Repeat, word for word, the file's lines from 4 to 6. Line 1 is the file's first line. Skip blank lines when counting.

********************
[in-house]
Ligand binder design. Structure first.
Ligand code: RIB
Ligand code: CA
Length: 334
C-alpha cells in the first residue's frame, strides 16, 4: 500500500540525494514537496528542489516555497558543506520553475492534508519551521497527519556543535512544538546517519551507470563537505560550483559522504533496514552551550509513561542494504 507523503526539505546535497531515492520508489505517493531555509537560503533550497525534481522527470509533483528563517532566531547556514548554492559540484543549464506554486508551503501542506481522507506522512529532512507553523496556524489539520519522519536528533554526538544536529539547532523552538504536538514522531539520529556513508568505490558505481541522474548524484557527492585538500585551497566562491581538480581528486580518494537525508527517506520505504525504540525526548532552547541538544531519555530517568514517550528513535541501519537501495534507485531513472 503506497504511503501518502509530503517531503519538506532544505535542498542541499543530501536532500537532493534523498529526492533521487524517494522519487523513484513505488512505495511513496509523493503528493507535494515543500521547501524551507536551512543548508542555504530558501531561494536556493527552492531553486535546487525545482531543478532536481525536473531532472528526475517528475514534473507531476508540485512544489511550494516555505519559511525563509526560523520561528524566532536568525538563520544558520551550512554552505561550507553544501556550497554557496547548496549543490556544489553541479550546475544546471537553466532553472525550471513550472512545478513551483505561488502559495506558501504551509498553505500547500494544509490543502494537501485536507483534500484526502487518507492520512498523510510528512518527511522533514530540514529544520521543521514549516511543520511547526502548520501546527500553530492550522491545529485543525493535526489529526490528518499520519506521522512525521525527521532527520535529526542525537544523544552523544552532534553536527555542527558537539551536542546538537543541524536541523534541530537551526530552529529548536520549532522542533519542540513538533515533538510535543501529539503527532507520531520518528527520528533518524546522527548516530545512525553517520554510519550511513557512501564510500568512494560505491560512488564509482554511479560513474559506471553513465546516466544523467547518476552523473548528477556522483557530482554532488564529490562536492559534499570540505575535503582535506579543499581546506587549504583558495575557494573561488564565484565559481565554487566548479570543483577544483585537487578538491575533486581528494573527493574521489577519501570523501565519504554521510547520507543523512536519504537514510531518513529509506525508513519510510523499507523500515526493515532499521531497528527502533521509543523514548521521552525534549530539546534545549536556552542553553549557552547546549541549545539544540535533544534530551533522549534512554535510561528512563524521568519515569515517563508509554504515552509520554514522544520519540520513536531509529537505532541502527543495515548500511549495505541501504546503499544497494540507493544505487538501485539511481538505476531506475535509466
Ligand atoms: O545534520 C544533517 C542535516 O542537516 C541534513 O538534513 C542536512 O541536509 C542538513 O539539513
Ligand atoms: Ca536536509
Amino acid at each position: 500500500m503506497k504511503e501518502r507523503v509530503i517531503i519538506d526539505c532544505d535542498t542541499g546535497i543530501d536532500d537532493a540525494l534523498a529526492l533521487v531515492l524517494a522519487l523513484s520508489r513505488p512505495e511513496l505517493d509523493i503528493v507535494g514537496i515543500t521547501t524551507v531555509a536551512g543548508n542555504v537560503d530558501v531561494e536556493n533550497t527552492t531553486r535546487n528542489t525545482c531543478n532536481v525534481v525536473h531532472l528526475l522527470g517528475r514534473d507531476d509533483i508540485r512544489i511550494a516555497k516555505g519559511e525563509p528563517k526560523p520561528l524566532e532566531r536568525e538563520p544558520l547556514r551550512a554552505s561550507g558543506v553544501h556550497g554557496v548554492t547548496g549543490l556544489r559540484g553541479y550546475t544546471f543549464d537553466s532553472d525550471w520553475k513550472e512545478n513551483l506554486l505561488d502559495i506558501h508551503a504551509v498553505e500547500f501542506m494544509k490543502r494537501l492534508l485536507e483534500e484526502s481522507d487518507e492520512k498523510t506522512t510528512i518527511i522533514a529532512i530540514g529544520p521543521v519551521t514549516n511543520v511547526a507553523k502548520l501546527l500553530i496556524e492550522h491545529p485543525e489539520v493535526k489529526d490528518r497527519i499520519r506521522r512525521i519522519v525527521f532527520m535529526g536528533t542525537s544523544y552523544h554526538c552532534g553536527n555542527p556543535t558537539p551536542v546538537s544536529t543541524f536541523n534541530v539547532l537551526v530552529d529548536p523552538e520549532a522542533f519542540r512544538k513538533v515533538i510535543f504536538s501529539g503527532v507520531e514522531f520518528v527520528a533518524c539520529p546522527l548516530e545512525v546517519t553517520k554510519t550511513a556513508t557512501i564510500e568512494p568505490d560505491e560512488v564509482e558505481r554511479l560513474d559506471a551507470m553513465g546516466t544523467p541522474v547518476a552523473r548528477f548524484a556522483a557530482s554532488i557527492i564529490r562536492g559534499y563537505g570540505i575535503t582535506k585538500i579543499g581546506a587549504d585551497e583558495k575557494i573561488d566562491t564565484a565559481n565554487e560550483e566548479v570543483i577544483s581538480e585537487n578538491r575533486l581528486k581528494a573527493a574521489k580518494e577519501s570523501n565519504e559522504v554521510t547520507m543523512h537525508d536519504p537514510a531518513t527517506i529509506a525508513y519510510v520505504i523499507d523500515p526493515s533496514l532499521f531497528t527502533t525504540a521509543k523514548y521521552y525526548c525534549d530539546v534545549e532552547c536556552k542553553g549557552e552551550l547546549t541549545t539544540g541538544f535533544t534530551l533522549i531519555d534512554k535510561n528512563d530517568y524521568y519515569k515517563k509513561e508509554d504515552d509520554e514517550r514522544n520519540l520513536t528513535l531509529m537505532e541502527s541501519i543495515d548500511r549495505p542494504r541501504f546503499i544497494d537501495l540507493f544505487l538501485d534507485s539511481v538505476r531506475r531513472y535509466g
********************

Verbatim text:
Ligand code: CA
Length: 334
C-alpha cells in the first residue's frame, strides 16, 4: 500500500540525494514537496528542489516555497558543506520553475492534508519551521497527519556543535512544538546517519551507470563537505560550483559522504533496514552551550509513561542494504 507523503526539505546535497531515492520508489505517493531555509537560503533550497525534481522527470509533483528563517532566531547556514548554492559540484543549464506554486508551503501542506481522507506522512529532512507553523496556524489539520519522519536528533554526538544536529539547532523552538504536538514522531539520529556513508568505490558505481541522474548524484557527492585538500585551497566562491581538480581528486580518494537525508527517506520505504525504540525526548532552547541538544531519555530517568514517550528513535541501519537501495534507485531513472 503506497504511503501518502509530503517531503519538506532544505535542498542541499543530501536532500537532493534523498529526492533521487524517494522519487523513484513505488512505495511513496509523493503528493507535494515543500521547501524551507536551512543548508542555504530558501531561494536556493527552492531553486535546487525545482531543478532536481525536473531532472528526475517528475514534473507531476508540485512544489511550494516555505519559511525563509526560523520561528524566532536568525538563520544558520551550512554552505561550507553544501556550497554557496547548496549543490556544489553541479550546475544546471537553466532553472525550471513550472512545478513551483505561488502559495506558501504551509498553505500547500494544509490543502494537501485536507483534500484526502487518507492520512498523510510528512518527511522533514530540514529544520521543521514549516511543520511547526502548520501546527500553530492550522491545529485543525493535526489529526490528518499520519506521522512525521525527521532527520535529526542525537544523544552523544552532534553536527555542527558537539551536542546538537543541524536541523534541530537551526530552529529548536520549532522542533519542540513538533515533538510535543501529539503527532507520531520518528527520528533518524546522527548516530545512525553517520554510519550511513557512501564510500568512494560505491560512488564509482554511479560513474559506471553513465546516466544523467547518476552523473548528477556522483557530482554532488564529490562536492559534499570540505575535503582535506579543499581546506587549504583558495575557494573561488564565484565559481565554487566548479570543483577544483585537487578538491575533486581528494573527493574521489577519501570523501565519504554521510547520507543523512536519504537514510531518513529509506525508513519510510523499507523500515526493515532499521531497528527502533521509543523514548521521552525534549530539546534545549536556552542553553549557552547546549541549545539544540535533544534530551533522549534512554535510561528512563524521568519515569515517563508509554504515552509520554514522544520519540520513536531509529537505532541502527543495515548500511549495505541501504546503499544497494540507493544505487538501485539511481538505476531506475535509466